When it comes to film or TV series adaptations of video games, there’s only a very small handful that has actually worked, such as “Arcane,” “Silent Hill,” “Sonic the Hedgehog” and “Castlevania”.
Most have fallen by the wayside, including some very high-profile titles. Why that is has long been debated, but the number of adaptations on the way is only growing with the “Uncharted” film and “Halo” series earlier this year and several more set for release next year.
In a large profile piece in The New Yorker, the makers of HBO’s “The Last of Us” – namely “Chernobyl” showrunner Craig Mazin and the original game’s creator Neil Druckmann – have spoken about why so many have failed before them and how their new take will be the “the best, most authentic game adaptation” according to Druckmann.
Mazin says when it comes to succeeding with adaptations of games, it’s “not the highest bar in the world,” and he cheated with this HBO series by “taking the one with the best story”. Their approach isn’t to recreate a 1:1 representation of the game, instead they plan to remain faithful to the source material but adapt it to the new medium.
The result is the world-building, characters and even a good bunch of dialogue is lifted directly from the game, but the “connective tissue around them appears to be grounded in a story that appeals to the medium,” says the outlet. The result is less about ammunition collecting and shiv-ing infected and more about the emotional impact and stakes for the characters.
Mazin talks about one notoriously failed adaptation that came from an acclaimed filmmaker and boasted a strong cast: “Like, I love Assassin’s Creed. But when they announced that they were gonna make it as a movie, I was like ‘I don’t know how!’. Because the joy of it is the gameplay. The story is impenetrable.”
Druckmann adds that: “The other thing that people get wrong is that they think people want to see the gameplay onscreen” with “Doom” cited as an example.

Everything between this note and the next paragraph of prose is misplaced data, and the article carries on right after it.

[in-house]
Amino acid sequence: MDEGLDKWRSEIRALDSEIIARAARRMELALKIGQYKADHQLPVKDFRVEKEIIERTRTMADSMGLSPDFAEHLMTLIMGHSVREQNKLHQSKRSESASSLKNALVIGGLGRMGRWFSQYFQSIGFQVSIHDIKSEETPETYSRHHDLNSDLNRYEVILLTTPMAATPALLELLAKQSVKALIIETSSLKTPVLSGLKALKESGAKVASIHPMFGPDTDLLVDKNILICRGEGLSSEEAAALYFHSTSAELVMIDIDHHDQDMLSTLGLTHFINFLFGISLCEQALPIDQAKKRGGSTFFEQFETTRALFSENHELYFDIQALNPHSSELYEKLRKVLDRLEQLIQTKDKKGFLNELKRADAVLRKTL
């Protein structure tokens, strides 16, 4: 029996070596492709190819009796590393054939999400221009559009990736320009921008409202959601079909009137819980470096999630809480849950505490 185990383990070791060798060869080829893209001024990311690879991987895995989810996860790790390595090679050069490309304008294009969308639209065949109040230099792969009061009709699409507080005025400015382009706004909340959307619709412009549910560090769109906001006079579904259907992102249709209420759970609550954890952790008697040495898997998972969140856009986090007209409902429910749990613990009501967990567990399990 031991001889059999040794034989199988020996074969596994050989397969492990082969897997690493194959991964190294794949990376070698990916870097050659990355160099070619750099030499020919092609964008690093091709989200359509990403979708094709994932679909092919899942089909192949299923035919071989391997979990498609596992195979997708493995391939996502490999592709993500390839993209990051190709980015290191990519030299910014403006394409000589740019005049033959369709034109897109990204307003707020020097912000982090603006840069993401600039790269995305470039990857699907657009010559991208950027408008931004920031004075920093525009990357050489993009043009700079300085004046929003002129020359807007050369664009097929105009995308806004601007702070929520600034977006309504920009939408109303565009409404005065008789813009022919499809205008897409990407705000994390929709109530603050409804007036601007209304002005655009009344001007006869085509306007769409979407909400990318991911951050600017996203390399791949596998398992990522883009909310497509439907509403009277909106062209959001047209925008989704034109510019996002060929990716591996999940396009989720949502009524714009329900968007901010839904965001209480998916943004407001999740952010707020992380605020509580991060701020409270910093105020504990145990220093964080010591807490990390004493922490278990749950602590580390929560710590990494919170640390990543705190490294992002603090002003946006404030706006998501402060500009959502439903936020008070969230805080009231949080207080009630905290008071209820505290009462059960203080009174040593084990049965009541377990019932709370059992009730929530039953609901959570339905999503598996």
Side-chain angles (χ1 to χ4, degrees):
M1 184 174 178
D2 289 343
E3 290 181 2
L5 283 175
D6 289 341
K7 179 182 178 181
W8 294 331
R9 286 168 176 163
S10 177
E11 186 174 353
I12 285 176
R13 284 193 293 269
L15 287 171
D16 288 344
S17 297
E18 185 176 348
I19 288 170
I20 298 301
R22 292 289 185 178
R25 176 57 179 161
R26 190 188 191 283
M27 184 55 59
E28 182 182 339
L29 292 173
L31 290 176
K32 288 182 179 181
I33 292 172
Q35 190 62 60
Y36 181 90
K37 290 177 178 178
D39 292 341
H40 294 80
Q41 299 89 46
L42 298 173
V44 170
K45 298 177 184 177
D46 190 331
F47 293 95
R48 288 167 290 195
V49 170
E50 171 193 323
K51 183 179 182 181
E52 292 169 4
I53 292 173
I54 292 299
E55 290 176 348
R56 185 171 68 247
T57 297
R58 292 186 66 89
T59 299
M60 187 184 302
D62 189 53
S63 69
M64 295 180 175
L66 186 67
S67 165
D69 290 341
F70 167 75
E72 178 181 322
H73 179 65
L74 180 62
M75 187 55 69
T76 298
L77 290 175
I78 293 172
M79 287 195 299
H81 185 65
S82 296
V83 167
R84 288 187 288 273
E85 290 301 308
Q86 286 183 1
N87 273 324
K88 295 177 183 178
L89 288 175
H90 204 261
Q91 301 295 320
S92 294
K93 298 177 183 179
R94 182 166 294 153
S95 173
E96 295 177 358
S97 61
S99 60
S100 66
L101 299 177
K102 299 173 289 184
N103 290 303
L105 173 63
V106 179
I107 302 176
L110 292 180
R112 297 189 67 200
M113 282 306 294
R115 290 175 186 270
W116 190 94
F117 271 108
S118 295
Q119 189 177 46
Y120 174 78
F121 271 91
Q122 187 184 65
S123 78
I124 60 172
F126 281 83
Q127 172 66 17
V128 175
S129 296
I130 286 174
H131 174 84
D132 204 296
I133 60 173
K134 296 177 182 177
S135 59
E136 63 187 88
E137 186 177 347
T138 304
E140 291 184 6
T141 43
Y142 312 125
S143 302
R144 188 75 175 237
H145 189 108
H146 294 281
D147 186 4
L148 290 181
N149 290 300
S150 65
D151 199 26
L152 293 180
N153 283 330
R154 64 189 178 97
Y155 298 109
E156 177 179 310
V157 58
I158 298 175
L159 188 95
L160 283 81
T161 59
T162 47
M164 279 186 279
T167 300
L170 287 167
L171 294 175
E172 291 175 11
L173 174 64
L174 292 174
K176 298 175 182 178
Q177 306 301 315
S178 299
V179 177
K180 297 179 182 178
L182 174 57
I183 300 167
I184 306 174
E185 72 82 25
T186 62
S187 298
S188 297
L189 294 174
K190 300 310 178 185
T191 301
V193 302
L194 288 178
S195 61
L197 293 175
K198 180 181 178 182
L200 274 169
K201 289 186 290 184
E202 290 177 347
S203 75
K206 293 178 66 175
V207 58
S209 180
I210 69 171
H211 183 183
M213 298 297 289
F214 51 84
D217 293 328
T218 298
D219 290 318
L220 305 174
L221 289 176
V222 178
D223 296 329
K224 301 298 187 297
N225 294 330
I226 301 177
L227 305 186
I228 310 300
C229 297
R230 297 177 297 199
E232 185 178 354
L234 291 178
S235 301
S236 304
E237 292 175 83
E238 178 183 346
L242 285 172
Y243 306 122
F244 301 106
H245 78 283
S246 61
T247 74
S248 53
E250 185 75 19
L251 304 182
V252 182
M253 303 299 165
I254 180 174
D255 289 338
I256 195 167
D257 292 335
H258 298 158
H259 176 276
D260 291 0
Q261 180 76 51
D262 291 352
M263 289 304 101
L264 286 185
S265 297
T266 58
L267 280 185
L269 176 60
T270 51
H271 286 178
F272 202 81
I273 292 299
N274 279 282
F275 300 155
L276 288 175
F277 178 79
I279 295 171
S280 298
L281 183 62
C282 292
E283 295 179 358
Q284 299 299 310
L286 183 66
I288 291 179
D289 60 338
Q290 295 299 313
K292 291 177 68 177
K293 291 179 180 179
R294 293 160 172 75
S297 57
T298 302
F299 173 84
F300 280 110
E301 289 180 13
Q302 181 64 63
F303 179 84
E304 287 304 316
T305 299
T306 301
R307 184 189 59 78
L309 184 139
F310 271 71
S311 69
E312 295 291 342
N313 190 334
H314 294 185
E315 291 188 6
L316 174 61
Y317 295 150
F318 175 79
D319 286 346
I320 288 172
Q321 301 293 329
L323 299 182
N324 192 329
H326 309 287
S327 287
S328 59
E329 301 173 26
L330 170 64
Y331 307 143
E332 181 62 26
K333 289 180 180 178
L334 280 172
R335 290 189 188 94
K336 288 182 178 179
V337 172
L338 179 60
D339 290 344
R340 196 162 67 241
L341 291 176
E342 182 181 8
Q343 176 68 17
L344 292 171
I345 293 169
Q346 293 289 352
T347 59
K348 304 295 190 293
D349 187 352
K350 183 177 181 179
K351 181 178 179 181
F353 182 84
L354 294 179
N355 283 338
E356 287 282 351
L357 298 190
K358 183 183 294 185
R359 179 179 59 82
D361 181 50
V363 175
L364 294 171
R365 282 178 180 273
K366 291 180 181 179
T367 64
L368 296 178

Mazin says: “Doom is also a perfect example of something that you don’t actually need to adapt. There’s nothing there that you can’t generate on your own… If what the property is giving you is a name and a built-in thing, you’re basically setting yourself up for disaster because the fans will be, like, ‘Where’s my f—ing thing?’ and everybody else will be, like, ‘What’s Doom?’ And then you’re in trouble.”
One thing the series will keep is the structure – Joel and Ellie being the only two constants on a journey cross country. That means no ensemble cast. Rather each episode essentially “builds a new world, only to blow it up”.
Changes on the other hand include the ability to ‘unplug’ from the perspectives of the two leads – allowing for flashbacks and explorations of some side characters. What is said to be the show’s “boldest departure” from the source material is an episode which will include much more exploration of the Bill & Frank relationship, which was limited to just notes in the game.
Another change is Joel, who is near-superhuman and able to absorb a lot of bullets. They’ve made him more human here, along with showing better the toll his life has had on him physically from sore knees to being hard of hearing on one side because of a gunshot. Mazin adds: “I guess there’s a tone where Tom Cruise can do anything. But I like my middle-aged people middle-aged.”
The series marks just the start of more game-to-screen adaptations on the way. Next year alone comes “The Super Mario Movie,” “Borderlands,” and “Gran Turismo” in cinemas along with a “Fallout” series on Amazon and “Twisted Metal” series on Peacock.
Other films in the works include “Ghost of Tsushima,” “Death Stranding,” “Just Cause,” “It Takes Two,” “Sifu,” “Firewatch,” “Days Gone,” and “Streets of Rage” along with TV series based on “Assassin’s Creed,” “BioShock,” “God of War,” “Horizon: Zero Dawn,” “Alan Wake” “Mass Effect,” “Tomb Raider,” “Devil May Cry,” “Nier: Automata,” “System Shock” and “Splinter Cell”.